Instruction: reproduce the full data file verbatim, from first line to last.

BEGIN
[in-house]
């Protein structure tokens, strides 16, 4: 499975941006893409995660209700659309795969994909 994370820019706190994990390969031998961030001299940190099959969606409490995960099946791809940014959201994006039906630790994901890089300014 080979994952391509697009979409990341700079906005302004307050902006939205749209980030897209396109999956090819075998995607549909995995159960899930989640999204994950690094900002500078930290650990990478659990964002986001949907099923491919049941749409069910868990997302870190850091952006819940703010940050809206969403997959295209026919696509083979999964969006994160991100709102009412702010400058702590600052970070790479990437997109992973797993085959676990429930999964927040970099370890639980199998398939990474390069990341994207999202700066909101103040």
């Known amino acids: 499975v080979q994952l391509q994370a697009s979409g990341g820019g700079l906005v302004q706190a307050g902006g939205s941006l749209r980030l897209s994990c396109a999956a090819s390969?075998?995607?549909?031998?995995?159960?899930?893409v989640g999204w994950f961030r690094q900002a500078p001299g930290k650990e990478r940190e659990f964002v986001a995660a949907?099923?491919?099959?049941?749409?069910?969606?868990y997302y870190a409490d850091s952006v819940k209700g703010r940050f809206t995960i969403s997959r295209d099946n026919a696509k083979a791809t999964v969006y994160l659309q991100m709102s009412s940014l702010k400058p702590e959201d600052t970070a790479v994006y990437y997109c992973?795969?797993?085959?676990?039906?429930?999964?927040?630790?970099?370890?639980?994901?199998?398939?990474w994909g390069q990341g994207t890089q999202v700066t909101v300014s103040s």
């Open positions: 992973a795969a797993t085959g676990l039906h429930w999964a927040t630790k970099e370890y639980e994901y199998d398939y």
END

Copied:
[in-house]
């Protein structure tokens, strides 16, 4: 499975941006893409995660209700659309795969994909 994370820019706190994990390969031998961030001299940190099959969606409490995960099946791809940014959201994006039906630790994901890089300014 080979994952391509697009979409990341700079906005302004307050902006939205749209980030897209396109999956090819075998995607549909995995159960899930989640999204994950690094900002500078930290650990990478659990964002986001949907099923491919049941749409069910868990997302870190850091952006819940703010940050809206969403997959295209026919696509083979999964969006994160991100709102009412702010400058702590600052970070790479990437997109992973797993085959676990429930999964927040970099370890639980199998398939990474390069990341994207999202700066909101103040």
């Known amino acids: 499975v080979q994952l391509q994370a697009s979409g990341g820019g700079l906005v302004q706190a307050g902006g939205s941006l749209r980030l897209s994990c396109a999956a090819s390969?075998?995607?549909?031998?995995?159960?899930?893409v989640g999204w994950f961030r690094q900002a500078p001299g930290k650990e990478r940190e659990f964002v986001a995660a949907?099923?491919?099959?049941?749409?069910?969606?868990y997302y870190a409490d850091s952006v819940k209700g703010r940050f809206t995960i969403s997959r295209d099946n026919a696509k083979a791809t999964v969006y994160l659309q991100m709102s009412s940014l702010k400058p702590e959201d600052t970070a790479v994006y990437y997109c992973?795969?797993?085959?676990?039906?429930?999964?927040?630790?970099?370890?639980?994901?199998?398939?990474w994909g390069q990341g994207t890089q999202v700066t909101v300014s103040s």
């Open positions: 992973a795969a797993t085959g676990l039906h429930w999964a927040t630790k970099e370890y639980e994901y199998d398939y």